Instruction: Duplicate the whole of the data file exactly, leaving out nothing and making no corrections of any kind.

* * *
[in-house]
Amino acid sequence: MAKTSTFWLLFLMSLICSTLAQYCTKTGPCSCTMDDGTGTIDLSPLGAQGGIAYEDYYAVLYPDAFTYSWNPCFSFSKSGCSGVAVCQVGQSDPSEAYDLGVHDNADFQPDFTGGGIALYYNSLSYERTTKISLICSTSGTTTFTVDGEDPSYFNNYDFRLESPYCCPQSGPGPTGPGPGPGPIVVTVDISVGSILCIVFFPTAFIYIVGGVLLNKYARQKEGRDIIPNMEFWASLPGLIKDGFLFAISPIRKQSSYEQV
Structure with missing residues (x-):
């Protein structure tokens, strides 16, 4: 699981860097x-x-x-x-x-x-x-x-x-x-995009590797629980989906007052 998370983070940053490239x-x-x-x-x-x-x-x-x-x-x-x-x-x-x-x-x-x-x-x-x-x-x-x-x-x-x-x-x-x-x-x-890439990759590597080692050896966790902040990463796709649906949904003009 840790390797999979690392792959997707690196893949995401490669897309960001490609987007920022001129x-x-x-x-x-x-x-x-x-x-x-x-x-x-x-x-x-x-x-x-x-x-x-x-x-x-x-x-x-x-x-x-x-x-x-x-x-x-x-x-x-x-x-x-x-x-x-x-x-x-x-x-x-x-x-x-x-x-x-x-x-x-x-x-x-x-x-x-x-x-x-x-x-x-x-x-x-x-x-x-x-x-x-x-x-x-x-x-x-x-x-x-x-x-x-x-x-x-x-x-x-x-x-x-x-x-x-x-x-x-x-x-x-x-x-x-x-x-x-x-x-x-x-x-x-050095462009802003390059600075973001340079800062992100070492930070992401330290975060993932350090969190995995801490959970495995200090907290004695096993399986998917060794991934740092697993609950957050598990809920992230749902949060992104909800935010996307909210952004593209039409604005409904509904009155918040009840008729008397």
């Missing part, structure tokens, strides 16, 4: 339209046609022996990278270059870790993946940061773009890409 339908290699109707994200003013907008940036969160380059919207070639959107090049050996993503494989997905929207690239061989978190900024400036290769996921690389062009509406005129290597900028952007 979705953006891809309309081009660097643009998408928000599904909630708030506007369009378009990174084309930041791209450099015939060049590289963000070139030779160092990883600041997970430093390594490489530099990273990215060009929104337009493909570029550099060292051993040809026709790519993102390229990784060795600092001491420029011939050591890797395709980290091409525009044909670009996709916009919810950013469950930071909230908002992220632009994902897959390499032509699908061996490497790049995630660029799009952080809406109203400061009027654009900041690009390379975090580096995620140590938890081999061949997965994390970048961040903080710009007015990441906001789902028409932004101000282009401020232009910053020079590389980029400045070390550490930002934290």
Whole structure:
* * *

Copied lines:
[in-house]
Amino acid sequence: MAKTSTFWLLFLMSLICSTLAQYCTKTGPCSCTMDDGTGTIDLSPLGAQGGIAYEDYYAVLYPDAFTYSWNPCFSFSKSGCSGVAVCQVGQSDPSEAYDLGVHDNADFQPDFTGGGIALYYNSLSYERTTKISLICSTSGTTTFTVDGEDPSYFNNYDFRLESPYCCPQSGPGPTGPGPGPGPIVVTVDISVGSILCIVFFPTAFIYIVGGVLLNKYARQKEGRDIIPNMEFWASLPGLIKDGFLFAISPIRKQSSYEQV
Structure with missing residues (x-):
């Protein structure tokens, strides 16, 4: 699981860097x-x-x-x-x-x-x-x-x-x-995009590797629980989906007052 998370983070940053490239x-x-x-x-x-x-x-x-x-x-x-x-x-x-x-x-x-x-x-x-x-x-x-x-x-x-x-x-x-x-x-x-890439990759590597080692050896966790902040990463796709649906949904003009 840790390797999979690392792959997707690196893949995401490669897309960001490609987007920022001129x-x-x-x-x-x-x-x-x-x-x-x-x-x-x-x-x-x-x-x-x-x-x-x-x-x-x-x-x-x-x-x-x-x-x-x-x-x-x-x-x-x-x-x-x-x-x-x-x-x-x-x-x-x-x-x-x-x-x-x-x-x-x-x-x-x-x-x-x-x-x-x-x-x-x-x-x-x-x-x-x-x-x-x-x-x-x-x-x-x-x-x-x-x-x-x-x-x-x-x-x-x-x-x-x-x-x-x-x-x-x-x-x-x-x-x-x-x-x-x-x-x-x-x-x-050095462009802003390059600075973001340079800062992100070492930070992401330290975060993932350090969190995995801490959970495995200090907290004695096993399986998917060794991934740092697993609950957050598990809920992230749902949060992104909800935010996307909210952004593209039409604005409904509904009155918040009840008729008397």
């Missing part, structure tokens, strides 16, 4: 339209046609022996990278270059870790993946940061773009890409 339908290699109707994200003013907008940036969160380059919207070639959107090049050996993503494989997905929207690239061989978190900024400036290769996921690389062009509406005129290597900028952007 979705953006891809309309081009660097643009998408928000599904909630708030506007369009378009990174084309930041791209450099015939060049590289963000070139030779160092990883600041997970430093390594490489530099990273990215060009929104337009493909570029550099060292051993040809026709790519993102390229990784060795600092001491420029011939050591890797395709980290091409525009044909670009996709916009919810950013469950930071909230908002992220632009994902897959390499032509699908061996490497790049995630660029799009952080809406109203400061009027654009900041690009390379975090580096995620140590938890081999061949997965994390970048961040903080710009007015990441906001789902028409932004101000282009401020232009910053020079590389980029400045070390550490930002934290």
Whole structure: